Diet, exercise, and sleep: How the three pillars of health work together

Fad diets and fitness crazes get a lot of media attention. Celebrity spokespeople promote weight loss programs, exercise equipment, and “miracle” supplements. The promise of better health and wellbeing is promised if you just eat right and exercise daily.

Diet and exercise are certainly important, but if you’re only focused on these two “pillars of health” you’re missing an essential component: sleep.

Sleep is the important third pillar of health that is too often overlooked. In fact, not only is sleep important to your overall health, a good night’s sleep can actually improve your fitness and diet effort1

Sleep loss makes working out less appealing

Multiple studies have shown that partial and chronic sleep deprivation actually has little effect on functions such as muscle strength, lung capacity, or speed times.1 However, lack of sleep does increase risk of depression and fatigue. 1 So whilst physical performance may not be heavily impacted by poor sleep, your desire to work out may decrease as your mood worsens. Sleep deprivation also impairs accuracy and decision-making1, meaning your touch footy skills could suffer if you routinely skip sleep!

Those with obstructive sleep apnea (OSA) may find it even harder to work out. Not only are sufferers not getting enough quality sleep, but OSA often goes hand in hand with being overweight.2 Weight gain affects respiratory function, making it harder to sustain activity for longer periods of time.3 It’s a vicious circle—you’re too tired to exercise due to sleep apnea, which leads to weight gain that can worsen OSA.

Sleep deprivation makes dieting harder

We now know that restful sleep can positively impact your workout routine, but what about your diet? Surely sleep is less important than cutting calories? Not entirely—poor sleep could be sneakily sabotaging your efforts to eat well.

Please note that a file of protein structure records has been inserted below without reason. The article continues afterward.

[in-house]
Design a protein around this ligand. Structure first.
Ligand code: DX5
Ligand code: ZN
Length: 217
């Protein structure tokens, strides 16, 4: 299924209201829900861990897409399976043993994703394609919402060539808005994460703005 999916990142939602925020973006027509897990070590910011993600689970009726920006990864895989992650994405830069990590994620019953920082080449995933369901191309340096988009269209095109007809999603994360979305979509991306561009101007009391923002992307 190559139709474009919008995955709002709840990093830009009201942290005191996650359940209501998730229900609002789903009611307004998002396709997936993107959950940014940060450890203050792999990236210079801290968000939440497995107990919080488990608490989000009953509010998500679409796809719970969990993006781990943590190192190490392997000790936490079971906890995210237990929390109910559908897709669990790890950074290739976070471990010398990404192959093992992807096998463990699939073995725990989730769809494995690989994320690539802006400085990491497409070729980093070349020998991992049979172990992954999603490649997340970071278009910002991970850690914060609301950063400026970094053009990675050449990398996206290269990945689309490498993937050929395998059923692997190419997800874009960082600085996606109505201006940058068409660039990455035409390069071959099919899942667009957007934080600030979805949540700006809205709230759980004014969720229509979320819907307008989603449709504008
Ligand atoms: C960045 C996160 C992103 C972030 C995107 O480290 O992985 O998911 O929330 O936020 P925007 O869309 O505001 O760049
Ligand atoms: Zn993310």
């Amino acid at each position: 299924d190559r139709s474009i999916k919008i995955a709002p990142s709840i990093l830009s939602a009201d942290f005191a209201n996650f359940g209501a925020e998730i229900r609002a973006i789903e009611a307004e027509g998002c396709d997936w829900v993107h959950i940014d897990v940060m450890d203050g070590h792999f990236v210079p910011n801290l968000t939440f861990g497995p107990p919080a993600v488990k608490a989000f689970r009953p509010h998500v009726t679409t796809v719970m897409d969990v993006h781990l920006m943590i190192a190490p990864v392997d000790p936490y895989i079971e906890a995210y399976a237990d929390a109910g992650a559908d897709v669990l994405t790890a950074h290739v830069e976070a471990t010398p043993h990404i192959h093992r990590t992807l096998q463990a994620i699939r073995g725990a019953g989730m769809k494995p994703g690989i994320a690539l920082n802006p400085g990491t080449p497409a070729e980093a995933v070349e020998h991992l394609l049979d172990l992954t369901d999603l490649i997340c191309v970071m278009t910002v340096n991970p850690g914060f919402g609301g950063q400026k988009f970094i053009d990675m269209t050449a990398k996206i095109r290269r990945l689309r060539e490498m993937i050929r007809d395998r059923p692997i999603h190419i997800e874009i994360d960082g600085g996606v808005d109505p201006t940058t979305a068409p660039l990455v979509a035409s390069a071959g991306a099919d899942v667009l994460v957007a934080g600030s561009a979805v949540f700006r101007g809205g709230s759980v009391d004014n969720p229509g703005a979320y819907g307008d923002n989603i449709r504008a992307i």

The sleep-deprived often find it harder to lose weight for a number of reasons. For starters, dieters who sleep too few hours feel hungrier and tend to overeat.4,5 Sleep helps keep two hunger-regulating hormones—ghrelin and leptin—stable, and lack of sleep makes it harder for your body to control these hormones.6 Interestingly, a 2008 study suggests that just one night of sleep deprivation can cause an increase and decrease in ghrelin and leptin levels, respectively,   thus increasing your appetite the next day. 7

Not getting enough sleep can also affect your food choices. One study found that participants who slept fewer hours not only snacked more, but craved carbohydrate heavy nibbles.8 There is also evidence that sleep deprivation reduces people’s self-control9 making you even more likely to choose junk food over healthier snacks.Even if you manage to avoid overeating or indulging in a few extra Tim Tams, sleep loss changes the body in ways that makes losing weight more difficult. If you’re sleep deprived you may still shed some kilos, but the mass lost is more likely to be from muscle or stored carbohydrates than from body fat.10 One study even found that after a week of restricted sleep (just 4 hours per night), previously healthy participants had the same glucose and insulin levels of diabetics.11

Tips for better sleep

Now that you understand the link between the three pillars of health, how can you improve the sleep portion of this trio beyond the usual advice?

  • Stay active (or start working out, if you don’t already). People who exercise regularly generally report better sleep quality and fewer disruptions to their sleep.12,13 You don’t have to go straight from the sofa to running a 5km-- any exercise is better than none.